Oil prices extended Friday’s rally into Monday, with the U.S. benchmark topping $81 and trading just shy of $82 a barrel as Europe and Asia continue to struggle to secure energy supply for the winter.
Oil extended the rally from last week, which saw the U.S. benchmark topping the $80 per barrel for the first time since 2014.
China’s coal and power crisis worsened over the weekend, with coal futures in China closing at a new record high on Monday after sixty coal mines in the country’s top coal-producing region were forced to shut amid heavy rain, flooding, and landslides. The weather-related setbacks for Chinese coal production come at a time when the world’s second-largest economy is grappling with a shortage of coal supply and a power crisis, which threaten to slow economic growth.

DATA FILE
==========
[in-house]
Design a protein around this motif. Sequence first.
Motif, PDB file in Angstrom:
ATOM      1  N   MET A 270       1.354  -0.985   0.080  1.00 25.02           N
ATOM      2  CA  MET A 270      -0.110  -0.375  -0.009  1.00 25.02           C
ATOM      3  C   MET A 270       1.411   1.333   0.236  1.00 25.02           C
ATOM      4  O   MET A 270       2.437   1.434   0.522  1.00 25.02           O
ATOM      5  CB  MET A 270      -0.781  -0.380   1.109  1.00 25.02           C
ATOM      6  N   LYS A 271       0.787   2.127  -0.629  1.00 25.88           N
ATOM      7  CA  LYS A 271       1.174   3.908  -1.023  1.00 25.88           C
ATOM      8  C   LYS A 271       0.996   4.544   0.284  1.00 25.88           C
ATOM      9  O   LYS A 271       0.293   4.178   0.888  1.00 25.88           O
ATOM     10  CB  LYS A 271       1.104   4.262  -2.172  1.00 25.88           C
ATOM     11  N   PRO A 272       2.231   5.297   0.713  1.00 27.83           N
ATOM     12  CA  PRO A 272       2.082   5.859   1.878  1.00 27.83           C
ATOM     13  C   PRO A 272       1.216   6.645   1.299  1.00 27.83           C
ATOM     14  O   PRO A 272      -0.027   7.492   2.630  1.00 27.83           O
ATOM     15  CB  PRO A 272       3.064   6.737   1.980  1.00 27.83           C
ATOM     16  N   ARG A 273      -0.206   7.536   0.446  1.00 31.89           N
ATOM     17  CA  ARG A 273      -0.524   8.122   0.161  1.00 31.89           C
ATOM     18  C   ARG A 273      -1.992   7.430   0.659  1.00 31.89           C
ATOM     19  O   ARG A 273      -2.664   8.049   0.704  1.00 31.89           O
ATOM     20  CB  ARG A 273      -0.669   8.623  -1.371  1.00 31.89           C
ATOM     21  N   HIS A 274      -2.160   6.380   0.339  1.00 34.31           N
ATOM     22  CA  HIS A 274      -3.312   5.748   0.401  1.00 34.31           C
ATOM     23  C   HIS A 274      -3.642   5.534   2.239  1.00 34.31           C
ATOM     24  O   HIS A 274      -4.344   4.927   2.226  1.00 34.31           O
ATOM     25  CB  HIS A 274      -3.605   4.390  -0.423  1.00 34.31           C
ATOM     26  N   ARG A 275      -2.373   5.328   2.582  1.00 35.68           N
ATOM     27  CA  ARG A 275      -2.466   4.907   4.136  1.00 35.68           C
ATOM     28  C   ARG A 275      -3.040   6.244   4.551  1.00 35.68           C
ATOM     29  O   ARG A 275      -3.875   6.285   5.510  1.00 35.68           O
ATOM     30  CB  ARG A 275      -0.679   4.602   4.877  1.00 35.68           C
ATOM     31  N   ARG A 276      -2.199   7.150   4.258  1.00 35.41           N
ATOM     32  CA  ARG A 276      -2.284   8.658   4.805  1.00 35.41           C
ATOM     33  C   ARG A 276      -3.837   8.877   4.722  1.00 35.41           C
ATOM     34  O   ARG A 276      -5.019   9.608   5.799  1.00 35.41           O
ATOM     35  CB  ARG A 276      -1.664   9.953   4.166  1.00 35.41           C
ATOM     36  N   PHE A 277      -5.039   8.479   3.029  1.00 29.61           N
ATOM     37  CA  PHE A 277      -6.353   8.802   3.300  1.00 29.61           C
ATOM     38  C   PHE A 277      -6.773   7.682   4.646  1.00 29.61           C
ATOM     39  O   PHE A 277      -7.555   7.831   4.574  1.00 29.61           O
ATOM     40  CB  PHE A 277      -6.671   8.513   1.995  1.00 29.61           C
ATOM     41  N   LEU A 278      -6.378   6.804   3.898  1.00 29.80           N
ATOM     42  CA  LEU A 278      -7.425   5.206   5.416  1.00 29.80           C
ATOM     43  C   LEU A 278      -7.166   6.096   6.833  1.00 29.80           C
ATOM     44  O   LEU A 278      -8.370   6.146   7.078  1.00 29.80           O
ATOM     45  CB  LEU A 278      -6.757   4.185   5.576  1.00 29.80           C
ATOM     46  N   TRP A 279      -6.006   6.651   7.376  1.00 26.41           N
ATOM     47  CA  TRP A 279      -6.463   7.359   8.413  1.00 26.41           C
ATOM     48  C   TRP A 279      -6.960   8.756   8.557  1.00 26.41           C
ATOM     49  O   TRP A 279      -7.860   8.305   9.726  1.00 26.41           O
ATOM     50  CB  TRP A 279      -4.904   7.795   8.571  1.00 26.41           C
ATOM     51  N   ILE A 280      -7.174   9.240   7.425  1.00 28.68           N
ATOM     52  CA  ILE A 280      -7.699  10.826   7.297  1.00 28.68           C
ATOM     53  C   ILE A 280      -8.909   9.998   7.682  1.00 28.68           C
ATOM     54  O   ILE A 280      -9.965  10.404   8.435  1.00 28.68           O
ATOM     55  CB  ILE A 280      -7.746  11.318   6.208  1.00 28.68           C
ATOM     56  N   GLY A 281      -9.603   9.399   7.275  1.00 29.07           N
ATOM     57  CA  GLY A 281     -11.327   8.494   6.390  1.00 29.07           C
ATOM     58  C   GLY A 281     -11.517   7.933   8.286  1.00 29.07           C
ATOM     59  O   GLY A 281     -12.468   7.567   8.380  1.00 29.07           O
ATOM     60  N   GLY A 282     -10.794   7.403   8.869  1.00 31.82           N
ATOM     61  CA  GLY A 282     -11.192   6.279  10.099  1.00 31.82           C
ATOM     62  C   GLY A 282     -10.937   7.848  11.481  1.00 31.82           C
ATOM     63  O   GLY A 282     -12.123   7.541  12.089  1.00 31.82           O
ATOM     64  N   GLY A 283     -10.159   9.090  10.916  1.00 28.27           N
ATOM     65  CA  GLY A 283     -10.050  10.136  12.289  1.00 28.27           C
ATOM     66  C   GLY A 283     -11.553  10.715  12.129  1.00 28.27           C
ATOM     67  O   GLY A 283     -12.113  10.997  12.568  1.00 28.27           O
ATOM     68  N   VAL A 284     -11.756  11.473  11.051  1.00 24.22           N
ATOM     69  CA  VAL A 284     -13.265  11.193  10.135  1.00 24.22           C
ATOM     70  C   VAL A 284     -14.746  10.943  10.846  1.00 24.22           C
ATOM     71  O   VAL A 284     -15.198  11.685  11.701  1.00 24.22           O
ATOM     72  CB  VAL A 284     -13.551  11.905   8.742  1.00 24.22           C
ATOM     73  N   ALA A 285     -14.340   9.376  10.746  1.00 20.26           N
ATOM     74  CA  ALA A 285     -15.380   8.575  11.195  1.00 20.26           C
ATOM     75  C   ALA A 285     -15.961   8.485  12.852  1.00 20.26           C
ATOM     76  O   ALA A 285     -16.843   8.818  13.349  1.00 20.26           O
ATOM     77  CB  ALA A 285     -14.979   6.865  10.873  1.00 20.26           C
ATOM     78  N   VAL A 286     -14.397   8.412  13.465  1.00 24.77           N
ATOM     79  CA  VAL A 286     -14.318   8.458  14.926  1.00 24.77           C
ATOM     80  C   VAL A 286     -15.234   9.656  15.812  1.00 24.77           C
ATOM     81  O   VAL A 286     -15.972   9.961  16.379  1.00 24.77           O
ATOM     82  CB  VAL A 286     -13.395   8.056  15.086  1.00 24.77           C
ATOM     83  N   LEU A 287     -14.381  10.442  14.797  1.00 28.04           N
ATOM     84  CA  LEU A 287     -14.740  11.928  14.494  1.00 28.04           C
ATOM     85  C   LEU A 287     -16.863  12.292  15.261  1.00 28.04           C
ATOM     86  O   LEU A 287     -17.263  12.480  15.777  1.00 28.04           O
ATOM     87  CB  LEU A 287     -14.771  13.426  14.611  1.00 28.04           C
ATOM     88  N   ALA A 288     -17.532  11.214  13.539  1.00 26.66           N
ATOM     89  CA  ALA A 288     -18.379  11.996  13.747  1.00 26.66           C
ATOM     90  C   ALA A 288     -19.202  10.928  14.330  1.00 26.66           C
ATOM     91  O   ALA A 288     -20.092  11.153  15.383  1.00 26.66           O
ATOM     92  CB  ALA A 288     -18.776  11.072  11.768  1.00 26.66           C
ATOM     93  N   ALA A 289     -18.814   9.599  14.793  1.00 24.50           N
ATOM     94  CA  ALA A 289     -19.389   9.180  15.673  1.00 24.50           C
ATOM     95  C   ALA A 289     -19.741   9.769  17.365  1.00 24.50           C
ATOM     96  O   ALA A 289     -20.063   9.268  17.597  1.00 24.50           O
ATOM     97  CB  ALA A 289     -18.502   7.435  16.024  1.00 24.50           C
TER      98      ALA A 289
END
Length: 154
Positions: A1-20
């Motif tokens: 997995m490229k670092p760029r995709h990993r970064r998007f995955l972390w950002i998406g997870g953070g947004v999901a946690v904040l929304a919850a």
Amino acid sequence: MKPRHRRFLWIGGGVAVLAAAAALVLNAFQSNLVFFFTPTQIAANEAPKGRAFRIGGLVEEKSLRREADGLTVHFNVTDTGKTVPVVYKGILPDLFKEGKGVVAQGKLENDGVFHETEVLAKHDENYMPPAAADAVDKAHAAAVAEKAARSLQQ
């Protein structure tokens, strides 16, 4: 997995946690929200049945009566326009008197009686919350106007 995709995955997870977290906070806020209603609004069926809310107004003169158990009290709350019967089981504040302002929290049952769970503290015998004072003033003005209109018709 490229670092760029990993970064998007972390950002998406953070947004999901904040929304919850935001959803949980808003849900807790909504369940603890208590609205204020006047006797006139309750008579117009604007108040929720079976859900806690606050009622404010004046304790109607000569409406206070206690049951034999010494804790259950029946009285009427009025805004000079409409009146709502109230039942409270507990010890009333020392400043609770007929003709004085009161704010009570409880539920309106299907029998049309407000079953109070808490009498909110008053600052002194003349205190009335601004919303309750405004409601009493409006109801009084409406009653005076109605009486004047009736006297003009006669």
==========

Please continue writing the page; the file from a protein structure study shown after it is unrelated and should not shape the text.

Europe’s natural gas prices rose on Monday, after the softness seen at the end of last week, following forecasts of colder weather. Gas prices in the UK and at the Dutch TTF hub, the European gas price benchmark, were off the record highs from last week. Yet, the latest data from Gas Infrastructure Europe (GIE), cited by ING, shows that gas storage sites across Europe are just over 76 percent full at the moment, compared to a five-year average of nearly 91 percent.
The tighter coal and natural gas markets globally raise the outlook for gas-to-oil switch, which is set to boost oil demand.
Crude oil “started the week on a strong footing as the global power crunch continues to raise expectations for higher gas-to-oil switching demand at a time where OPEC+ maintains its modest pace of oil monthly oil production increases,” Saxo Bank’s strategy team said in note on Monday.
“With WTI already trading at seven-year high, Brent may now target the 2018 high at $86.74,” the bank’s analysts added.
By Tsvetana Paraskova for Oilprice.com
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